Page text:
“The Red is hard-hitting investigative documentary about a marine resource everyone admires but few think about in detail. Khedir shines a light on the harvesting and smuggling of this highly prized animal — and what the implications are for Tunisia and the livelihoods of its local people. It is more than deserving of the Awards' 1st Prize,” said Sam Schramski, EJN Special Projects Editor.


2nd Prize — Special Jury Recognition

Juan David Escorcia earns the esteemed second prize with Special Jury Recognition for his captivating three-part series, "Soundscapes of the Mediterranean Sea" on the impact of underwater anthropogenic stressors. Produced by Carijonas in Spain, this innovative podcast series transports listeners through the acoustic environments of the Mediterranean Sea exposing the impact of underwater noise pollution on marine life.

“Our oceans play a vital role in sustaining life on our planet, and yet so much of what goes on beneath their surfaces remains a mystery. This podcast expertly delves into the underreported and invisible issue of marine noise pollution, bringing in key voices from scientists using the latest technology to understand the causes and the devastating impact on marine ecosystems. Highlighting the inextricable link we have to our waters, this story holds a mirror up to the human behaviors that are causing so much damage as well as the actions we can take to protect the ocean from further destruction,” said Jenny Davies, EJN Program Associate.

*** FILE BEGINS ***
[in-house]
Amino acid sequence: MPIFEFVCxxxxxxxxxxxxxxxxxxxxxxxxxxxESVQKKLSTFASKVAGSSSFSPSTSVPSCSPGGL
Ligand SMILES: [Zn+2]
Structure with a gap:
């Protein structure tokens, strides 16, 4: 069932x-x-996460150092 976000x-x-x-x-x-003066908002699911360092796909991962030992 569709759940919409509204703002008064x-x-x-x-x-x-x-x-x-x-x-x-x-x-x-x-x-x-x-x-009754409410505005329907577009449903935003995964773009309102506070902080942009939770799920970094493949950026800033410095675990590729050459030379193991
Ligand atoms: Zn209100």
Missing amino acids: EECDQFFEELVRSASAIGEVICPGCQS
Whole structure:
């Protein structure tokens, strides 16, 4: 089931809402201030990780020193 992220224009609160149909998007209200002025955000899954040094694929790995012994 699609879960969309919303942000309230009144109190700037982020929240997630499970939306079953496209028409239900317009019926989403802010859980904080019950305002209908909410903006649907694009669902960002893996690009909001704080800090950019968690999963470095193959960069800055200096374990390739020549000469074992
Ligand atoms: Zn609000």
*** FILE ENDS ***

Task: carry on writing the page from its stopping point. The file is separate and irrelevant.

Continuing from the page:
“With these podcasts, Juan David Escorcia asks listeners to reckon with the mass destruction caused by a form of marine pollution that is invisible and therefore deeply under-reported. Anthropogenic noise pollution disrupts the navigation, feeding habits, reproduction and survival of marine species around the world, and stories like these do much to raise awareness about its consequences and hold polluters and policymakers to account,” said Amrita Gupta, EJN Senior Editor and Content Officer.

“It's no small task to produce a podcast about sonic phenomena, but that's precisely what Escorcia does with this ambitious episode on noise pollution, which is part of a wider series about soundscapes in the Mediterranean. The story combines quality journalistic storytelling with compelling natural sound and music, rendering it more than worthy of the Special Recognition - 2nd Prize,” said Sam Schramski, EJN Special Projects Editor.

“This story is the result of painstaking research on a topic that is almost totally ignored: the impact of human-caused noise on marine animals. The use of audio enhances the story and it's definitely worthy of a special mention,” said Joydeep Gupta, EJN South Asia Director and Editor-at-Large at The Third Pole.

Soundscapes of the Mediterranean Sea


Selection process

The recipients were selected after a rigorous independent evaluation process conducted by an international panel of esteemed judges comprising five media experts including Amrita Gupta, EJN Senior Editor and Content Officer, based in the US; Joydeep Gupta, EJN South Asia Director and Editor-at-Large at The Third Pole based in Thailand; Jenny Davies, EJN Program Associate based in the UK; Kiundu Waweru, EJN East Africa Project Manager based in Kenya; Sam Schramski, EJN Special Projects Editor, based in the US.